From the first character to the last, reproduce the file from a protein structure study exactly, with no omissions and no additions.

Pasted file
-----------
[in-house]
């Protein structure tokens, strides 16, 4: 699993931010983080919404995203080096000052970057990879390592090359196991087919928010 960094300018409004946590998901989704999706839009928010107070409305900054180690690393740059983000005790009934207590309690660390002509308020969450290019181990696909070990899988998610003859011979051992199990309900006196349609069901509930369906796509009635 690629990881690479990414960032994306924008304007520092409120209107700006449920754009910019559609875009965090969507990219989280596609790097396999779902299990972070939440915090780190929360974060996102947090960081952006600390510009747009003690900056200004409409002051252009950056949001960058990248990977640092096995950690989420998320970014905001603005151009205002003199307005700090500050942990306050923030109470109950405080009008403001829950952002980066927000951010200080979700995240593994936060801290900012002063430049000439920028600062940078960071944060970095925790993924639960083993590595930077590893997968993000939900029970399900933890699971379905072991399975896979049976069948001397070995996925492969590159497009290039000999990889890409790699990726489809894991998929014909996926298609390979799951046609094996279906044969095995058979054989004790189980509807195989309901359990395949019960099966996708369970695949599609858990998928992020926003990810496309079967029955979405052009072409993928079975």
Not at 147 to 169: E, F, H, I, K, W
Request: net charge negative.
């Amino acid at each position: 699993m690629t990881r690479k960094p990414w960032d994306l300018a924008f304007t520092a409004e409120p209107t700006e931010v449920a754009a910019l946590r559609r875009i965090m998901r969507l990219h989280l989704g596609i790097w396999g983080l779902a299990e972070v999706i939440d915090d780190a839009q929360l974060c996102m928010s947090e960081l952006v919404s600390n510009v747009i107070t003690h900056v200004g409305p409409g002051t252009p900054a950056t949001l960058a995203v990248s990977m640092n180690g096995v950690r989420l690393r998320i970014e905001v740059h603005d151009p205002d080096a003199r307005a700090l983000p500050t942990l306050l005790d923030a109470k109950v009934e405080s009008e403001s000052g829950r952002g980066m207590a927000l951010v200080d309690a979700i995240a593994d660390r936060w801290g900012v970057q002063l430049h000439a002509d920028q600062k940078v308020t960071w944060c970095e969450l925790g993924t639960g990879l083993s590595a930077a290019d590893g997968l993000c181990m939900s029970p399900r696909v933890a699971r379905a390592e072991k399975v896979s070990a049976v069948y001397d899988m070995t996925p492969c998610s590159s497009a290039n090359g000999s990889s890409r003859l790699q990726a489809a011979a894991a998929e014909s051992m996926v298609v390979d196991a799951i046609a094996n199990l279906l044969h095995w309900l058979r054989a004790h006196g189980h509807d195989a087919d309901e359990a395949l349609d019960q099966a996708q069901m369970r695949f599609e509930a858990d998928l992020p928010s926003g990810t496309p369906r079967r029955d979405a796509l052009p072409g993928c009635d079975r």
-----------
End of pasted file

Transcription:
[in-house]
């Protein structure tokens, strides 16, 4: 699993931010983080919404995203080096000052970057990879390592090359196991087919928010 960094300018409004946590998901989704999706839009928010107070409305900054180690690393740059983000005790009934207590309690660390002509308020969450290019181990696909070990899988998610003859011979051992199990309900006196349609069901509930369906796509009635 690629990881690479990414960032994306924008304007520092409120209107700006449920754009910019559609875009965090969507990219989280596609790097396999779902299990972070939440915090780190929360974060996102947090960081952006600390510009747009003690900056200004409409002051252009950056949001960058990248990977640092096995950690989420998320970014905001603005151009205002003199307005700090500050942990306050923030109470109950405080009008403001829950952002980066927000951010200080979700995240593994936060801290900012002063430049000439920028600062940078960071944060970095925790993924639960083993590595930077590893997968993000939900029970399900933890699971379905072991399975896979049976069948001397070995996925492969590159497009290039000999990889890409790699990726489809894991998929014909996926298609390979799951046609094996279906044969095995058979054989004790189980509807195989309901359990395949019960099966996708369970695949599609858990998928992020926003990810496309079967029955979405052009072409993928079975």
Not at 147 to 169: E, F, H, I, K, W
Request: net charge negative.
């Amino acid at each position: 699993m690629t990881r690479k960094p990414w960032d994306l300018a924008f304007t520092a409004e409120p209107t700006e931010v449920a754009a910019l946590r559609r875009i965090m998901r969507l990219h989280l989704g596609i790097w396999g983080l779902a299990e972070v999706i939440d915090d780190a839009q929360l974060c996102m928010s947090e960081l952006v919404s600390n510009v747009i107070t003690h900056v200004g409305p409409g002051t252009p900054a950056t949001l960058a995203v990248s990977m640092n180690g096995v950690r989420l690393r998320i970014e905001v740059h603005d151009p205002d080096a003199r307005a700090l983000p500050t942990l306050l005790d923030a109470k109950v009934e405080s009008e403001s000052g829950r952002g980066m207590a927000l951010v200080d309690a979700i995240a593994d660390r936060w801290g900012v970057q002063l430049h000439a002509d920028q600062k940078v308020t960071w944060c970095e969450l925790g993924t639960g990879l083993s590595a930077a290019d590893g997968l993000c181990m939900s029970p399900r696909v933890a699971r379905a390592e072991k399975v896979s070990a049976v069948y001397d899988m070995t996925p492969c998610s590159s497009a290039n090359g000999s990889s890409r003859l790699q990726a489809a011979a894991a998929e014909s051992m996926v298609v390979d196991a799951i046609a094996n199990l279906l044969h095995w309900l058979r054989a004790h006196g189980h509807d195989a087919d309901e359990a395949l349609d019960q099966a996708q069901m369970r695949f599609e509930a858990d998928l992020p928010s926003g990810t496309p369906r079967r029955d979405a796509l052009p072409g993928c009635d079975r």